As johnswentworth recounts in Core Pathways of Aging, as an organism ages active transposons within it's stem cells duplicate and that mechanism might lead to increased average transposons count in stem cells. Those transposons then produce DNA damage which in turn leads to cell senescence.
If that hypothesis is true, there's evolutionary pressure to keep the count of active transposons low. That evolutionary pressure is greater in organism that reproduce at a later age then for organisms that reproduce at an earlier age.
As Bret Weinstein describes, breeding protocols for lab mice have lab mice reproducing at an earlier age then mice that live in the wild because it's economical to make the mice reproduce at a young age. Weinstein made the hypothesis that this leads to laboratory mice having elongated telomeres.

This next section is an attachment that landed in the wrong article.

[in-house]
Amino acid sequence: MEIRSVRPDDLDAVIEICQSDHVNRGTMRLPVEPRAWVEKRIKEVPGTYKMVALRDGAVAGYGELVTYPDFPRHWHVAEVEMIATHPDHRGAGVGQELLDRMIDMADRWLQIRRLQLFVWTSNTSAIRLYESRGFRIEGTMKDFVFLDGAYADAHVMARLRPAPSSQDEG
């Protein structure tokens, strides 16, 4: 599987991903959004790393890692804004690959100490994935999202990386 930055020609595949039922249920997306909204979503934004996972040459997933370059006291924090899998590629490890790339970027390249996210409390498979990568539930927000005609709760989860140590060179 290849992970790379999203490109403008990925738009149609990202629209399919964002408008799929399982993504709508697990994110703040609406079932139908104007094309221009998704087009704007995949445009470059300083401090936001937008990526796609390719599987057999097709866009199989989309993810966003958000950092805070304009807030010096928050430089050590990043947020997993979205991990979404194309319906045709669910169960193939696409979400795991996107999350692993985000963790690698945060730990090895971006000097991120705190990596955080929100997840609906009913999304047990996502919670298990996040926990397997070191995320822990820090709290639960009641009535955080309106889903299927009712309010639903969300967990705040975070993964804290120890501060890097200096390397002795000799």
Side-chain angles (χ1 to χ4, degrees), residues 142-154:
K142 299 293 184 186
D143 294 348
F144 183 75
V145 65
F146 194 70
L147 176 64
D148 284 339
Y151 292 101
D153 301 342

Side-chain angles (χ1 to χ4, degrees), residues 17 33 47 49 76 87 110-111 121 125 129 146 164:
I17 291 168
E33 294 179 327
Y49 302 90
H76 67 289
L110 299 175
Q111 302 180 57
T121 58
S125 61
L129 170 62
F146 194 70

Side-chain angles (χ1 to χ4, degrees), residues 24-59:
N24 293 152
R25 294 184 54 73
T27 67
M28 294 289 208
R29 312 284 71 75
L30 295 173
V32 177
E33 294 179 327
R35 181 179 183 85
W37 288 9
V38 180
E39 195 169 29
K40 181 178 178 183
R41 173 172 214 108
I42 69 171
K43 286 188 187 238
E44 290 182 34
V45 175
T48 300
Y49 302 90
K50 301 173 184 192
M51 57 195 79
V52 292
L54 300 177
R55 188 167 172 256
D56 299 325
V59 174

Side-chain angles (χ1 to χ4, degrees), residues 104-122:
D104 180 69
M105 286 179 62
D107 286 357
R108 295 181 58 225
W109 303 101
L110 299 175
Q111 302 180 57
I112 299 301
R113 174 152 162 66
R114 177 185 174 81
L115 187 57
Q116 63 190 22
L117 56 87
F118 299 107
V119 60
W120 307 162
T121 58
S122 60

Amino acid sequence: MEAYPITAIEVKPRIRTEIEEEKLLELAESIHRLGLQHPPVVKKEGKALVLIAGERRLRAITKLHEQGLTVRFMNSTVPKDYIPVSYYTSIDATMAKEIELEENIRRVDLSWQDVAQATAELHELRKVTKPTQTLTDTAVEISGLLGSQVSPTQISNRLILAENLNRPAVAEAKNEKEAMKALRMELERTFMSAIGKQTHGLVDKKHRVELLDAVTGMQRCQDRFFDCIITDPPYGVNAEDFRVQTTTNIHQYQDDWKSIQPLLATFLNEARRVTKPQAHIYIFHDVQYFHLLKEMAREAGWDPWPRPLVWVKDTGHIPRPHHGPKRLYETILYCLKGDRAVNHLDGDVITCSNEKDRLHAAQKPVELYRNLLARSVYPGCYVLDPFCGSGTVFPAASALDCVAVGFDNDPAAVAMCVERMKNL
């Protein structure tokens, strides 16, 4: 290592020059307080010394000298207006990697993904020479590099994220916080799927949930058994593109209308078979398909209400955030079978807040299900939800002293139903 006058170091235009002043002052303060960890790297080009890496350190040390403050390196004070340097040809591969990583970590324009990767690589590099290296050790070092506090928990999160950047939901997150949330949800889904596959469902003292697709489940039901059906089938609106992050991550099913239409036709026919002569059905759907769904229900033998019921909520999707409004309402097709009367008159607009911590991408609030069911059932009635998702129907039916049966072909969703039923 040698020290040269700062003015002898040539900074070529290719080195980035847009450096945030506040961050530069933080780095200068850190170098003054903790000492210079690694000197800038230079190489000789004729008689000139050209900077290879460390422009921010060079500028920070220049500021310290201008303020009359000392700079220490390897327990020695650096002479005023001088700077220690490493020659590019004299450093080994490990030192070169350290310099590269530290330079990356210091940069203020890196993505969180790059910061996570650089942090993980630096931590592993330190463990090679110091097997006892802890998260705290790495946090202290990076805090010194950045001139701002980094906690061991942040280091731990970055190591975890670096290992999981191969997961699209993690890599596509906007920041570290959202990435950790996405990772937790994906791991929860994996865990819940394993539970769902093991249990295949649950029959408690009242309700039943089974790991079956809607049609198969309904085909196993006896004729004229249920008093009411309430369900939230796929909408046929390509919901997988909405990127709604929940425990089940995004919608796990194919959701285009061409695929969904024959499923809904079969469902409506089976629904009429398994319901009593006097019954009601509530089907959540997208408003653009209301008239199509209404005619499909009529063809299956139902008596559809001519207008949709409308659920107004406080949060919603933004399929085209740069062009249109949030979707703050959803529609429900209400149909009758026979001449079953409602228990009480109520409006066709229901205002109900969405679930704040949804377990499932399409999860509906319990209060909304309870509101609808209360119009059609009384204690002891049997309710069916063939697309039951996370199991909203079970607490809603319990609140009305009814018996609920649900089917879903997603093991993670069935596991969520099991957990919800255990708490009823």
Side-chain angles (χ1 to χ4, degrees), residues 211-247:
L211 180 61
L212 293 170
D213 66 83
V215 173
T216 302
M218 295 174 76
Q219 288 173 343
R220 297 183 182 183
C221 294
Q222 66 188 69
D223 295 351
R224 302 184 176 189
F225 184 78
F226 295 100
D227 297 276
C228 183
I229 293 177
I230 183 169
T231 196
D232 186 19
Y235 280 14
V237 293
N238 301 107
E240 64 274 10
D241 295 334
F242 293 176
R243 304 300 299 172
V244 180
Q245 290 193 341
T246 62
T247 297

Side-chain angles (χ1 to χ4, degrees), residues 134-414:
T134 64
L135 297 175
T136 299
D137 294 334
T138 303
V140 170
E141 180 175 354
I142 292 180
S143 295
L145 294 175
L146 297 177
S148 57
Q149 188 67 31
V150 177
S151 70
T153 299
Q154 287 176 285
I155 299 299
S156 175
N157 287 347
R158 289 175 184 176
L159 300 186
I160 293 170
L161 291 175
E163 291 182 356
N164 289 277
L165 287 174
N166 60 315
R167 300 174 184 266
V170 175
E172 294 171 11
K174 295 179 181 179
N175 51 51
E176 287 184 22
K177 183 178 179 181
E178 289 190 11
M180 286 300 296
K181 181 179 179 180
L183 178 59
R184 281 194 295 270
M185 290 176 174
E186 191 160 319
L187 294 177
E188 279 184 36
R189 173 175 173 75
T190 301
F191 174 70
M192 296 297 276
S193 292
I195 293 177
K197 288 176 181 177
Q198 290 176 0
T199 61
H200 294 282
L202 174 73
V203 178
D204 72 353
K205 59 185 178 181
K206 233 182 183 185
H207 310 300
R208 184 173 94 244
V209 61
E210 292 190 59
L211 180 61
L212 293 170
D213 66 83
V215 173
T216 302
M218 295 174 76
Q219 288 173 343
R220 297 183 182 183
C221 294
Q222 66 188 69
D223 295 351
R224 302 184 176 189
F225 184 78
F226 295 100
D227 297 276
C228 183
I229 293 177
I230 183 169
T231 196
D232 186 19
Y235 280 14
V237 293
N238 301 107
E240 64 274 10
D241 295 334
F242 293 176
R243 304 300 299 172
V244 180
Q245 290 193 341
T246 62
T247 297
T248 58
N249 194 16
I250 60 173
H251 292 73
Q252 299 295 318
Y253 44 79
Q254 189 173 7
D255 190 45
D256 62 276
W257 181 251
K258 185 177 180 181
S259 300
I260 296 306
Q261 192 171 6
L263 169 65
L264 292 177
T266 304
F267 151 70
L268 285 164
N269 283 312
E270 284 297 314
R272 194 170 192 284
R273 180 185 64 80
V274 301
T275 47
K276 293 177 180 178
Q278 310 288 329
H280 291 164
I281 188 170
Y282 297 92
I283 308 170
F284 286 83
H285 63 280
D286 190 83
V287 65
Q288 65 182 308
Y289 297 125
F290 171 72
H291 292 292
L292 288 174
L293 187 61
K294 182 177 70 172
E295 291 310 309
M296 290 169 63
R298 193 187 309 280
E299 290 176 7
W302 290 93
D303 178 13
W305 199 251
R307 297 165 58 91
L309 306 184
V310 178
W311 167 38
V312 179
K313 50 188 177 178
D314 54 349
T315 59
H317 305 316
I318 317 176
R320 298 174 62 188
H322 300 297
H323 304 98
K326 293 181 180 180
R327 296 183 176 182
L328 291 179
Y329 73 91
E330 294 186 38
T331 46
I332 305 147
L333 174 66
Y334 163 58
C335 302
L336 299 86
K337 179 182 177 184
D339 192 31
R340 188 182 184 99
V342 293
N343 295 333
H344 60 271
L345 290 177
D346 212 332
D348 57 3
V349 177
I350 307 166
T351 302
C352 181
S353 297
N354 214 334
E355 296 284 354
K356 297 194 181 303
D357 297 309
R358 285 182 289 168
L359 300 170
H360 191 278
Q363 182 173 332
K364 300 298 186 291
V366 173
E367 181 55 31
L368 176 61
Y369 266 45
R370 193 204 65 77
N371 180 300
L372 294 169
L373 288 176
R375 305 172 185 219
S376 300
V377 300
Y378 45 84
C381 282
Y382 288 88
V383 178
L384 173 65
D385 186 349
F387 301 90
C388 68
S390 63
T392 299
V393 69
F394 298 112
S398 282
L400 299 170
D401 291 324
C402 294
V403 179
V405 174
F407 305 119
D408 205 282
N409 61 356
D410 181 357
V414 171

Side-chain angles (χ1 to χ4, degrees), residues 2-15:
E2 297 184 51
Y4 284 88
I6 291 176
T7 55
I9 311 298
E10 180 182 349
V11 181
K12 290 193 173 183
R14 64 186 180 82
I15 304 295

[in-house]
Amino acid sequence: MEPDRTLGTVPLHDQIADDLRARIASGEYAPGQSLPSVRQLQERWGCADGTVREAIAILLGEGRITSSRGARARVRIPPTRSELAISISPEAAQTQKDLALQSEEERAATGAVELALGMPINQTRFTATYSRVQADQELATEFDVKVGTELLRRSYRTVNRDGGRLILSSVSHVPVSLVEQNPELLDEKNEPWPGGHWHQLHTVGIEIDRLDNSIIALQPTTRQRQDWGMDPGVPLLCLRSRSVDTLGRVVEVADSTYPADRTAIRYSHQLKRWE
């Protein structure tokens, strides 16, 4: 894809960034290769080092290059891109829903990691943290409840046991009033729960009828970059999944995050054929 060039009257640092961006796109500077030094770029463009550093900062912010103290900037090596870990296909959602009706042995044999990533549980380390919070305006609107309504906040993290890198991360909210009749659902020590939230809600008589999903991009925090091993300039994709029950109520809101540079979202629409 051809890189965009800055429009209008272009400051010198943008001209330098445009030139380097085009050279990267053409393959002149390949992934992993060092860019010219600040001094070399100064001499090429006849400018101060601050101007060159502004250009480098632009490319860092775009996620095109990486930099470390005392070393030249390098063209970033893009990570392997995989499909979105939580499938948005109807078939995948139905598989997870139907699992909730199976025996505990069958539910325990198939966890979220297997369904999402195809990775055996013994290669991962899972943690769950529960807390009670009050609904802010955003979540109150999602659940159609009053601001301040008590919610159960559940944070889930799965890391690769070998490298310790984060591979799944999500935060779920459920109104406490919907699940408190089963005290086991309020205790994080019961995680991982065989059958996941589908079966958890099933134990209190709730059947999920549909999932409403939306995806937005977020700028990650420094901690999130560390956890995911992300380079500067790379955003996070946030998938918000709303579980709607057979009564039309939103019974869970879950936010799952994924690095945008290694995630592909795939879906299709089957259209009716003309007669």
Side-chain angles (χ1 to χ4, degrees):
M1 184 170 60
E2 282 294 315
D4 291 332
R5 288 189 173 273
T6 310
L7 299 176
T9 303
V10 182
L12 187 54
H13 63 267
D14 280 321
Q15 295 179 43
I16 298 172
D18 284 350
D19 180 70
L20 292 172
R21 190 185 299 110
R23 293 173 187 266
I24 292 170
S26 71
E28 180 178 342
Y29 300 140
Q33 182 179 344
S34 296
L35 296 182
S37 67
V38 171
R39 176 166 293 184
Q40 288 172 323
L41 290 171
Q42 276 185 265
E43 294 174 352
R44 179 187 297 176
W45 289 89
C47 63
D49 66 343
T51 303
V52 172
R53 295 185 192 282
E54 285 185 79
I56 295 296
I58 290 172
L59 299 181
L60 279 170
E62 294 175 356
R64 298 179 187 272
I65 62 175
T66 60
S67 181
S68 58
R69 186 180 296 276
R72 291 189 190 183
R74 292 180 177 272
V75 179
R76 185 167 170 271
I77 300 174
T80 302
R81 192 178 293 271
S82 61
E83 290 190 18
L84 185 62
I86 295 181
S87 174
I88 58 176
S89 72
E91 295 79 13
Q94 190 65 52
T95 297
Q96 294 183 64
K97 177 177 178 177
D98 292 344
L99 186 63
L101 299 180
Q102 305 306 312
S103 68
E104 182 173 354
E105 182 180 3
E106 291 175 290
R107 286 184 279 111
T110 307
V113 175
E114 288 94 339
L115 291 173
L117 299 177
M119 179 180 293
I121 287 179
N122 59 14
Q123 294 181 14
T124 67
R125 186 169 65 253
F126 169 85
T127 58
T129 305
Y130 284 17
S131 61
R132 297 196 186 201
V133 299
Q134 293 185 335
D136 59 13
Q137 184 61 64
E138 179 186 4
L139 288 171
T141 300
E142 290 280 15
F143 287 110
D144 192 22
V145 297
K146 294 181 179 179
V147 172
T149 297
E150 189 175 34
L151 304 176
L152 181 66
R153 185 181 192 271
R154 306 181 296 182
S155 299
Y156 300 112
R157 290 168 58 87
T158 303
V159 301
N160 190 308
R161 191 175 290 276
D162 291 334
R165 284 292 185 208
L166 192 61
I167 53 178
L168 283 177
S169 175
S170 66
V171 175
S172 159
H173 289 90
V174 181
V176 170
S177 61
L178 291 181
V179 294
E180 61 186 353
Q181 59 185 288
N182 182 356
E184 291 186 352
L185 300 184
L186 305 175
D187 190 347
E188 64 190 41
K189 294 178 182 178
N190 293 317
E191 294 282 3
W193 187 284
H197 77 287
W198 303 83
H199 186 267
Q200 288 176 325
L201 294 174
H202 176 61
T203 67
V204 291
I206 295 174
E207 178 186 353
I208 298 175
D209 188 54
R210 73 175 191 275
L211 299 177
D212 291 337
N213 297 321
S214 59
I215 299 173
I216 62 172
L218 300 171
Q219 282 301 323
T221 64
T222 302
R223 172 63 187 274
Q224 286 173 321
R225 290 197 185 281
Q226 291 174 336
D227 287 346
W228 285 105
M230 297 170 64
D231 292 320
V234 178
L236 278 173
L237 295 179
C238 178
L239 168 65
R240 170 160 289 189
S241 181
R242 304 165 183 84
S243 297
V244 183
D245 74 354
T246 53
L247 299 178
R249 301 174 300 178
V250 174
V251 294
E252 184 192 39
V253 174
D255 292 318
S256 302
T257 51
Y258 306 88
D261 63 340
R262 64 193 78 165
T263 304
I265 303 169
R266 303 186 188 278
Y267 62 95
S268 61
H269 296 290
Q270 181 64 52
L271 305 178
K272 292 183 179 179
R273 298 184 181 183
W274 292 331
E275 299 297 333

I hereby make the hypothesis that if we investigate the average amount of active transposons in laboratory mice and lab mice, we will find that the wild mice have less active transposons then the wild mice, because there's less evolutionary pressure in the laboratory mice to remove mutations that lead to increased active transposon count.
If investigation finds this hypothesis to be true, approaches to reduce transposon count should get more attention by antiaging researchers.